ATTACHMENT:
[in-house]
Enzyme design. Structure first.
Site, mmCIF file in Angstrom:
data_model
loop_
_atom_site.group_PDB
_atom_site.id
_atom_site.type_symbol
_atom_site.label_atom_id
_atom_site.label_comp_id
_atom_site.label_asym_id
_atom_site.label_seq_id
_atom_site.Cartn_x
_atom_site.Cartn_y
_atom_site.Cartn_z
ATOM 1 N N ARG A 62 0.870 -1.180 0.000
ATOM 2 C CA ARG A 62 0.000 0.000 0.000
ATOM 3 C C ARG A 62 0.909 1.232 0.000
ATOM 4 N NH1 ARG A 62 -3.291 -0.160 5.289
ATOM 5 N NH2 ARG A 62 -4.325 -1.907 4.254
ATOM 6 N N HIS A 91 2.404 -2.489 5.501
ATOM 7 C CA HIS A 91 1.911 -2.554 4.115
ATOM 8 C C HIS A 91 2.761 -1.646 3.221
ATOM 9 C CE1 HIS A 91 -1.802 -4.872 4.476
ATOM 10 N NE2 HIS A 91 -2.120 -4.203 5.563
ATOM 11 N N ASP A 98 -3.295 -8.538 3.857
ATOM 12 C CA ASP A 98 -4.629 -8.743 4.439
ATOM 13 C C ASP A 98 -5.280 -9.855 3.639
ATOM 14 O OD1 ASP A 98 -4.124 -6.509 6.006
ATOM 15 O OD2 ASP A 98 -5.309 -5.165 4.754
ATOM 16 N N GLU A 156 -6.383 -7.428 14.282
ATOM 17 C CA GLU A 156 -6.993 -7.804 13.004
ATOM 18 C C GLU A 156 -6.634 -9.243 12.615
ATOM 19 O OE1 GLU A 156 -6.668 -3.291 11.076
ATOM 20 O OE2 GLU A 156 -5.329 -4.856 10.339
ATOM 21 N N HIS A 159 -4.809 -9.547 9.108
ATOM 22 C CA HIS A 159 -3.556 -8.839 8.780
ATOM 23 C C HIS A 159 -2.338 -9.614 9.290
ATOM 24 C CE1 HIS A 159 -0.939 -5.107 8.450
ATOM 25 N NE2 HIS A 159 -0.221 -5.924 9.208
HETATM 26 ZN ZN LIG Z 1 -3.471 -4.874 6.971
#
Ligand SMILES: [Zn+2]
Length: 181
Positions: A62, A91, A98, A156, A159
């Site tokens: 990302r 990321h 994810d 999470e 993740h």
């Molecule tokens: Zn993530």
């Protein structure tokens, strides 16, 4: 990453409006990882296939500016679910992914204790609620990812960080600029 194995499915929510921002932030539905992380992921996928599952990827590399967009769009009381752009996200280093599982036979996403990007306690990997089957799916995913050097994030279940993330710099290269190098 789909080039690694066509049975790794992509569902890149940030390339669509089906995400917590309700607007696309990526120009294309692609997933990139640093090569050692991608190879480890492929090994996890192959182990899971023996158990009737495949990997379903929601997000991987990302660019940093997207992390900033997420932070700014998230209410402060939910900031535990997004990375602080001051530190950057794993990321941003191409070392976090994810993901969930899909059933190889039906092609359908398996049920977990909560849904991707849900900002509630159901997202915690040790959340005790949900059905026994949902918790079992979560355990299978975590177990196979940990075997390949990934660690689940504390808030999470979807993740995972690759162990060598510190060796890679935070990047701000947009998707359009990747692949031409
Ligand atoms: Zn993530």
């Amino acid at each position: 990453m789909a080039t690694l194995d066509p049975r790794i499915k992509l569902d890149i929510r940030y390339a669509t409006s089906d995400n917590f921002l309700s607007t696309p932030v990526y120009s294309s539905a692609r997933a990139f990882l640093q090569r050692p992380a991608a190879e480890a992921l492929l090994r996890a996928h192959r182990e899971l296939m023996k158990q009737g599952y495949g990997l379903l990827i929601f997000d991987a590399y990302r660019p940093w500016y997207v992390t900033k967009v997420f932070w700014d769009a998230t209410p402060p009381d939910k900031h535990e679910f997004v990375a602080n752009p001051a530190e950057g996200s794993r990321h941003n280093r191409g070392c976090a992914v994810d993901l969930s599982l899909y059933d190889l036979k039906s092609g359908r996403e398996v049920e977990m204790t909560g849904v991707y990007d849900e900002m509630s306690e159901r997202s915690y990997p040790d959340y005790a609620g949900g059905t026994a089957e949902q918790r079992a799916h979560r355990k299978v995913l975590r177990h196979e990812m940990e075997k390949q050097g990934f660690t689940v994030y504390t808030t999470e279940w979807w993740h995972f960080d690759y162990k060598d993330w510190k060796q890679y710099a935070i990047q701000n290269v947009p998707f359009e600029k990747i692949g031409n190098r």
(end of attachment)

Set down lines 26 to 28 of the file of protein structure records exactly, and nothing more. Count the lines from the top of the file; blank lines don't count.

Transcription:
ATOM 11 N N ASP A 98 -3.295 -8.538 3.857
ATOM 12 C CA ASP A 98 -4.629 -8.743 4.439
ATOM 13 C C ASP A 98 -5.280 -9.855 3.639